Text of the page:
Digital photography is unlimited. With film we were limited by the chemical processes which were used. Now we use many different software packages to process our digital files and we are virtually unlimited in what we can do in Photoshop and other software packages.
Examples of the options we have in software to modify, improve and change images are as follows:
- Different raw processers
- Color Balance
- Shadow and highlight control
- White balance
- Replace color
- Noise reduction
- Noise introduction
- Grain introduction
- Plus a never ending list of Photoshop plug in options
- With film, once there was a film in the camera we had only two variables, shutter speed and aperture.
With digital we now have many variables, shutter speed, aperture, ISO, white balance, sharpness, contrast, saturation and custom curves for some of the more sophisticated cameras.
The greatest advantage with digital is the instant gratification factor, where we can immediately view the image after it is exposed.
The majority of digital cameras use a smaller sensor than the standard 24x36mm film format which gives a crop factor, compared to film cameras. With Nikon cameras this crop factor is a lens focal length multiplication factor of 1.5 and with some Canon digital cameras the crop multiplication factor varies from 1.6 to 1.3 depending on the camera used. This means that a lens will have a telephoto advantage, giving a longer “effective” focal length than with a standard film format.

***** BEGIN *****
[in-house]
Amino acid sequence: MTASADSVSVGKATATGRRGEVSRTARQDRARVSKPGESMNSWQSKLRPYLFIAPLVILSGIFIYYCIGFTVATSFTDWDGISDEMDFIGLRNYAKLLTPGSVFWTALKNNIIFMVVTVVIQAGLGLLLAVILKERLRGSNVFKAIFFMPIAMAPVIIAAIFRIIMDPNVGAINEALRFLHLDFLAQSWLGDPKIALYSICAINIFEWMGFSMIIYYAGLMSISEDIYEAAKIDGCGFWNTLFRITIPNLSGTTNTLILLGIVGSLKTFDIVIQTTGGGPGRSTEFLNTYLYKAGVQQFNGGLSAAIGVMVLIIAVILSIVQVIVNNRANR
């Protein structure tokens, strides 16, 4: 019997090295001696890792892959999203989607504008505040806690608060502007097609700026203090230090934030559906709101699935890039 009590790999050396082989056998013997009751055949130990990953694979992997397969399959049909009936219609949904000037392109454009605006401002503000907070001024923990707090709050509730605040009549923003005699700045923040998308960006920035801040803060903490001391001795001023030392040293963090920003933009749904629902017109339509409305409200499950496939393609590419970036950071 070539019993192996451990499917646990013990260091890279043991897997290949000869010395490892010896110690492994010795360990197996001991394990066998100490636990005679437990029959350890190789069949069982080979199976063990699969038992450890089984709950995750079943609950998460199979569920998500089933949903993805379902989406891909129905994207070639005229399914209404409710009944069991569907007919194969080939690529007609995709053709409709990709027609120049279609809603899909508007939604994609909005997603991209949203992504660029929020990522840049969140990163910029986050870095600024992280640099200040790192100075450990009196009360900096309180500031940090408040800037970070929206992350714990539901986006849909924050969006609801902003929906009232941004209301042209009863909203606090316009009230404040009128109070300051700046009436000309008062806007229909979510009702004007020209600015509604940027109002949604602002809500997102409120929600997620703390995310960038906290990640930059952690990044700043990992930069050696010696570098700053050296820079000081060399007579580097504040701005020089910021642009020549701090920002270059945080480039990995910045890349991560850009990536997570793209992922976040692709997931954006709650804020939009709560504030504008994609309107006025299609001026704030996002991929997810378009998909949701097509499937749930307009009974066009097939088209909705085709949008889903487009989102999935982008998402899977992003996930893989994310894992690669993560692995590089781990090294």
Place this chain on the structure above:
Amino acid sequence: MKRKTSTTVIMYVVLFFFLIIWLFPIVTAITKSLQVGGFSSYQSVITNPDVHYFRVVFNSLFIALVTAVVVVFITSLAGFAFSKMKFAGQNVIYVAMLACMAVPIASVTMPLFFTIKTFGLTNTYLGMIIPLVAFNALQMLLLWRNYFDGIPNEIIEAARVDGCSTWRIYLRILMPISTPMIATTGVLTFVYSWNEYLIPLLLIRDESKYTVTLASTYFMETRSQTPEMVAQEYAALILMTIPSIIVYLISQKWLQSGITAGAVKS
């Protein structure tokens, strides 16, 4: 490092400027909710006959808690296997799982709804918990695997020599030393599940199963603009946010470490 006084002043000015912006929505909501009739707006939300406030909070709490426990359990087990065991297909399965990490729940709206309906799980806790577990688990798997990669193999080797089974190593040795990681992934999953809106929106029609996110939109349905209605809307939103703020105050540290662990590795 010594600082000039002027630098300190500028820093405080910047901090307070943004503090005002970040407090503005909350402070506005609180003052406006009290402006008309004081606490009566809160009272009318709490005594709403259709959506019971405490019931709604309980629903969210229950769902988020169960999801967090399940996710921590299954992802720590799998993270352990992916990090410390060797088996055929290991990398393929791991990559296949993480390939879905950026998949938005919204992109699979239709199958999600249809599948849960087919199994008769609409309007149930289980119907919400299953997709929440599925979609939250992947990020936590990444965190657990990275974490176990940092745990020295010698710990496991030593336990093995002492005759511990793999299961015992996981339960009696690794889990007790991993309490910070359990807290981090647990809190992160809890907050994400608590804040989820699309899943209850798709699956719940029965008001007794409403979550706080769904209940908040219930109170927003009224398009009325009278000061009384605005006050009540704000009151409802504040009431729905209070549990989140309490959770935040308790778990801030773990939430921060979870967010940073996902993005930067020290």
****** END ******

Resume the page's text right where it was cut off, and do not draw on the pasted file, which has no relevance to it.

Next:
In the image above we have the Crocodile Hunter feeding his crocodiles. With this image we get instant feedback to determine if we have caught the action at the correct moment.
Sunset at Mindil Beach Darwin. With the instant feedback of digital we can check that this image has been captured to our liking with checks on the saturation, exposure and sharpness.